4. Parents would want to avoid splitting up the property, making it less productive, since the only way of sharing between siblings is by selling the property and distributing the proceeds.

Contemporary trends

  1. The proportion of women inheriting property “did not increase significantly following the reform,” the study says.
  2. Although laws now allow women to make legal claims to property, very few make such a move, which is perceived as anti-social and rebellious.
  3. The family is a close knit-system, girls don’t want to go against parents and brothers and fight for property if they are denied it.
  4. The entire dowry system says that the daughters have already been given a share of the money, so they’re not entitled to the property.

Status Quo on Son Preference

  1. Up to 77% of Indian parents expect to live with their sons in old age, following a ‘Patrilocal’ system where sons remain in the family home after marriage while daughters leave to join their in-laws.
  2. As per this system, by remaining in and working on the ancestral land, plus caring for parents in old age, the son is usually ‘rewarded’ by inheriting the entire property after the parents’ death.
  3. Legal reforms mandating that parents must now share equal portions of the ancestral property with both sons and daughters appear to have not changed this dynamic.
  4. Son preference remains the status quo, suggesting that patriarchal traditions exert a stronger force on parents than legislation correcting historical gender biases.

Way Forward

  1. We need a multi-prong effort focused on empowerment, education and targeted social welfare schemes that work at various levels in society for adult women.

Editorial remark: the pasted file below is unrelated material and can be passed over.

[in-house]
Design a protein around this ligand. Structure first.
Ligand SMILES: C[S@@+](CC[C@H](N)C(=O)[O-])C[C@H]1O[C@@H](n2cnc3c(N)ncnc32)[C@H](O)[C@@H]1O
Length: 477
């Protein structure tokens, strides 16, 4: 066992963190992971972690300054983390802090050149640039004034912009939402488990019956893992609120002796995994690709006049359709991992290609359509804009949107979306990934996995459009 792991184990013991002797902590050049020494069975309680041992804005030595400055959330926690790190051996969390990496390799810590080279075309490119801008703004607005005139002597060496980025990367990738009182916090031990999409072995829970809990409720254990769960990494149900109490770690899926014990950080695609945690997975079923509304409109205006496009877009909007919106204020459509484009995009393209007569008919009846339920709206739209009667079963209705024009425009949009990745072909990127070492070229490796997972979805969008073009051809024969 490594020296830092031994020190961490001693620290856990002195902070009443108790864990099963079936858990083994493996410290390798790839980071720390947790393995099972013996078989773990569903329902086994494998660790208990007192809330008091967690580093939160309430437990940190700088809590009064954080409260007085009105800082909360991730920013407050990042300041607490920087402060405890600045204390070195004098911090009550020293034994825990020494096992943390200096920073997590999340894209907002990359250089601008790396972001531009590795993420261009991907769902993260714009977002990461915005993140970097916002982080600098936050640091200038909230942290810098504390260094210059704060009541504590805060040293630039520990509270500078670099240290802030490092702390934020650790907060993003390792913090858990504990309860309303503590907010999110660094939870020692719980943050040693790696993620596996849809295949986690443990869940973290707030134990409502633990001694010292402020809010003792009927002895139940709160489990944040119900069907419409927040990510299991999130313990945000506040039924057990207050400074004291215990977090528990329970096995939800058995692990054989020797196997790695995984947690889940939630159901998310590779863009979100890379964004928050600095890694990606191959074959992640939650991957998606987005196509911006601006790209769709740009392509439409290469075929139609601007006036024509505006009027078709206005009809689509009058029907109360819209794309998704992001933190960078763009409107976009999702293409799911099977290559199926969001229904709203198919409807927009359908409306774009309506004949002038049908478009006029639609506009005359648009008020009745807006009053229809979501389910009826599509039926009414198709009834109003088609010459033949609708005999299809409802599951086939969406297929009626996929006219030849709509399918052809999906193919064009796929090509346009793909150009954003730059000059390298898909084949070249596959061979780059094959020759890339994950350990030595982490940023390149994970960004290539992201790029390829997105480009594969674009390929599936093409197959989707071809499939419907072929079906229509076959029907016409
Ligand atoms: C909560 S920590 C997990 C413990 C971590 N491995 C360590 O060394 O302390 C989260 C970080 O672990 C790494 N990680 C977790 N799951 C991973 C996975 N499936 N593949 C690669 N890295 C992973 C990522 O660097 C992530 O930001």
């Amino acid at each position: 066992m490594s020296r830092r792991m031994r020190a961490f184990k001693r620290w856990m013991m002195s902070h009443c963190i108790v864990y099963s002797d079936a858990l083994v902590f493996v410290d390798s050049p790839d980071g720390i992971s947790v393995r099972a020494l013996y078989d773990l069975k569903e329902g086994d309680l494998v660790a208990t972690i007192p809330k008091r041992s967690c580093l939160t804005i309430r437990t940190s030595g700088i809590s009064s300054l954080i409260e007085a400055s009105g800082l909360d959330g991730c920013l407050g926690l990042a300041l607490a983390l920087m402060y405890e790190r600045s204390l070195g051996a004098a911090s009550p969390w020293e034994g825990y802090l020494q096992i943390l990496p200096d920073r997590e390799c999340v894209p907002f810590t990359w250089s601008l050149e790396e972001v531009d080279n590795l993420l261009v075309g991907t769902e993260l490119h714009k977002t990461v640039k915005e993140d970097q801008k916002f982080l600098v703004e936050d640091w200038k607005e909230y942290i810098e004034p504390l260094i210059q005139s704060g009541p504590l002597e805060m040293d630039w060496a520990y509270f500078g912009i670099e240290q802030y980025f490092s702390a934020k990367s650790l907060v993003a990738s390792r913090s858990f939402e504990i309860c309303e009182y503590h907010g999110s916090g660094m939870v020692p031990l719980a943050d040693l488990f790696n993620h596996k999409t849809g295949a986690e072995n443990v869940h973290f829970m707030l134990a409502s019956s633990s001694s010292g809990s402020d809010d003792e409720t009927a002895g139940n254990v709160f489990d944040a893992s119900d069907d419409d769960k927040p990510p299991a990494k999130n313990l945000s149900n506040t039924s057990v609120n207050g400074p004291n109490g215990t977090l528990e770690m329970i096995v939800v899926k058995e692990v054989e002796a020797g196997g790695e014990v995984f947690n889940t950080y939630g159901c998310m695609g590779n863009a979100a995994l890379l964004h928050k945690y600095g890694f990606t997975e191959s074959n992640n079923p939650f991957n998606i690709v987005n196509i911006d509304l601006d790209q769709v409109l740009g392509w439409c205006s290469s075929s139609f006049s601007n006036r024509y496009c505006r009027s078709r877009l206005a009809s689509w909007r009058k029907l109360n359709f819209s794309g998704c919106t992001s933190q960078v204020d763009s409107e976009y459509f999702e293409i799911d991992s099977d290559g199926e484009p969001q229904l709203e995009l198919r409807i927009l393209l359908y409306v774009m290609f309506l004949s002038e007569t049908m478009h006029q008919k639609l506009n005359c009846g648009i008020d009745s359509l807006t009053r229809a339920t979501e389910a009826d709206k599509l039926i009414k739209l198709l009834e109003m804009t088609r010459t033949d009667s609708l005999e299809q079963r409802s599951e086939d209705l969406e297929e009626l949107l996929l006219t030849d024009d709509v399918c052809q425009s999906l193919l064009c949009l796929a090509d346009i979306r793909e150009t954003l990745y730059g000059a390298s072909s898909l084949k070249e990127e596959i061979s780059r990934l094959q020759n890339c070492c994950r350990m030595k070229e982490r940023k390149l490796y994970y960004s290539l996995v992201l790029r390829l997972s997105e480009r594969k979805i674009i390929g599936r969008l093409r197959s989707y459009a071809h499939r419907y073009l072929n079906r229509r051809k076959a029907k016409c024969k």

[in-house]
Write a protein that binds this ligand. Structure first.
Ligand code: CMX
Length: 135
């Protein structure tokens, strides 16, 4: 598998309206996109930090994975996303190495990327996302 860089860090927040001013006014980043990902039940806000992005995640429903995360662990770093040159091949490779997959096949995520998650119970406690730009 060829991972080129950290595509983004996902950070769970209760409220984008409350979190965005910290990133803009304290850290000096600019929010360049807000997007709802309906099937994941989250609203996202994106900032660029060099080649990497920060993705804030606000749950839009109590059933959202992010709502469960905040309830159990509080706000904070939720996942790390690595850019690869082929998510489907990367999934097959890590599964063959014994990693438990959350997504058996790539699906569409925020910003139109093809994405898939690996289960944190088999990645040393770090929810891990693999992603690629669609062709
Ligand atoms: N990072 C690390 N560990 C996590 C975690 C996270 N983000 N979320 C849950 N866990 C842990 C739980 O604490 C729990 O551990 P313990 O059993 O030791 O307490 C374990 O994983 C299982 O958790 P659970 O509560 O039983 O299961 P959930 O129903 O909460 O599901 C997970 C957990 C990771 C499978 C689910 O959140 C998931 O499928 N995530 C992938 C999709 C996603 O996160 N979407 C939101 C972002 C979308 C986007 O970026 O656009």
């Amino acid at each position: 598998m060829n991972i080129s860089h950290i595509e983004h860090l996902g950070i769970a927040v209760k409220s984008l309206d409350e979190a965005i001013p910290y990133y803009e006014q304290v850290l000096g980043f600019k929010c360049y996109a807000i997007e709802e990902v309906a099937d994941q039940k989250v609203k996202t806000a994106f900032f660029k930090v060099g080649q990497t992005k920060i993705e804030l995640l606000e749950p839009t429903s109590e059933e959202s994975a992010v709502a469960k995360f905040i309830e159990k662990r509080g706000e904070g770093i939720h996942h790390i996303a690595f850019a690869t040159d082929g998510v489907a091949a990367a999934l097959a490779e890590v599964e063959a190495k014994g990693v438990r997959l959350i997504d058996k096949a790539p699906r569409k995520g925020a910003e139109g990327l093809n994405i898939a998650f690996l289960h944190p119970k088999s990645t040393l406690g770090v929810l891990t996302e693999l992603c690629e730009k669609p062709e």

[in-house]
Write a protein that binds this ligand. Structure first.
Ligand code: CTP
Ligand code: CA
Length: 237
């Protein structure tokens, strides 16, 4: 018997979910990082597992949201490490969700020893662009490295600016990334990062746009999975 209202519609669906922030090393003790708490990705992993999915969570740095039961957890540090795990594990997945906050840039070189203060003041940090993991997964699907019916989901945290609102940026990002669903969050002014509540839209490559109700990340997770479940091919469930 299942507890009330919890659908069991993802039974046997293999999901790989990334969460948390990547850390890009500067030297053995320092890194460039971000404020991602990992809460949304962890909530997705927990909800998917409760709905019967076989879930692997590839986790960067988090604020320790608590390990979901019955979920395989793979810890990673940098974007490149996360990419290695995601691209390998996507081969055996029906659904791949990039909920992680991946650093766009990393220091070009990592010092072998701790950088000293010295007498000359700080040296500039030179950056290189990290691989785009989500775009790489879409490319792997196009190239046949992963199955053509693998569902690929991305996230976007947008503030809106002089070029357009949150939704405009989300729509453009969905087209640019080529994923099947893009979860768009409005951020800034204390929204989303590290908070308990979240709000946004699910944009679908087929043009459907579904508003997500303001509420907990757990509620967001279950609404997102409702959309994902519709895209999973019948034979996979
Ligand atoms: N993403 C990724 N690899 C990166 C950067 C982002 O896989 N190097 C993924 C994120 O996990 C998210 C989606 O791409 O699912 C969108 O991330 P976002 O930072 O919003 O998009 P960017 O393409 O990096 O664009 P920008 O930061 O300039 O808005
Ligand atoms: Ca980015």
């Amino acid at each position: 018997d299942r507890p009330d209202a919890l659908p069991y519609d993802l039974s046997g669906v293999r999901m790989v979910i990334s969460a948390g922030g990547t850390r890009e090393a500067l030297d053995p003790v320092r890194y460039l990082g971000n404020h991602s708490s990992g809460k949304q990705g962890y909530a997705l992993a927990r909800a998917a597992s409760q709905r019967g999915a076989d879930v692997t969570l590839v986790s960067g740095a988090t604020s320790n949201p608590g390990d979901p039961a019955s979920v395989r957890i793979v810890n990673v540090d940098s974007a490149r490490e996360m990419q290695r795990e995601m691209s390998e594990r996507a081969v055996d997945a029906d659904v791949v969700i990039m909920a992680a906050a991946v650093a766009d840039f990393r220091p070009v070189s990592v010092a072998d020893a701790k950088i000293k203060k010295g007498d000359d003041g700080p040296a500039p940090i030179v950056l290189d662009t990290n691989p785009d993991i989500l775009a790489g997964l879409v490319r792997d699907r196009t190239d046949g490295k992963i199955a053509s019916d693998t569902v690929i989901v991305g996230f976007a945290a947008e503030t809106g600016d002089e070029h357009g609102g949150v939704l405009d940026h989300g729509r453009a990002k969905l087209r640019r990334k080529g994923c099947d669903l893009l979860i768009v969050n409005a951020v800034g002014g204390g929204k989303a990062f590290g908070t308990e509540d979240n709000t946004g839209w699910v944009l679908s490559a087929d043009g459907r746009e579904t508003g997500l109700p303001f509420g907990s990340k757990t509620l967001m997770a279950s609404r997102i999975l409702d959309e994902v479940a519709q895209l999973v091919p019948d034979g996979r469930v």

2. Though the legislative reform is perceived as a property issue, it’s not really — there’s a deeply ingrained internalised bias in favour of the male child which needs to be addressed.
Food Processing Industry: Issues and Developments

Report flags growing threat of monoculture in crop productionIOCR


Mains Paper 3: Agriculture| Transport and marketing of agricultural produce and issues and related constraints

From UPSC perspective, the following things are important:

Prelims level: FAO report on Monoculture

Mains level: Monoculture: utility and impact on ecosystem


  • The Food and Agriculture Organization (FAO) has flagged the growing practice of monoculture —cultivation of a single crop at a given area in food production around the world.

FAO Report

  1. FAO published its latest report The State of the World’s Biodiversity for Food and Agriculture 
  2. Of more than 6,000 plant species cultivated for food production, fewer than 200 contribute significantly to food production globally, regionally or nationally,according to FAO’s .
  3. Only 9 plant species account for almost two-thirds of total crop production.
  4. These are using large quantities of external inputs such as pesticides, mineral fertilizers and fossil fuels,” the report said.

The report lists drivers of change affecting biodiversity for food and agriculture, including:

  • Population growth and urbanization
  • Over-exploitation and over-harvesting
  • Changes in land and water use and management
  • Pests, diseases and invasive alien species
  • Climate change
  • Pollution and external inputs
  • Natural disasters
  • Markets, trade and the private sector

Various Factors

  1. The first factor contributor majorly towards monoculture as people move to cities they tend to depend more on purchased foods, citing the example of Ecuador.
  2. They often also tend to lose ties with rural areas and rural foods, and increasingly opt for processed foods rather than fresh foods.
  3. This pressures producers to continuously grow or keep only a limited range of species, breeds and varieties of crops, livestock, trees, fish, etc.
  4. Individual holdings as well as wider productive landscapes become more homogeneous in terms of their genetics and physical structure, the report added.

Impact of Mono Cropping

  1. Such changes often affect the resilience of production systems and their role in biodiversity.
  2. Private food standards adopted by supermarkets and consumers have pushed farmers towards particular varieties and management procedures.
  3. International markets particularly be restrictive for market entry effectively debar the entry into the market of minor crops from developing countries.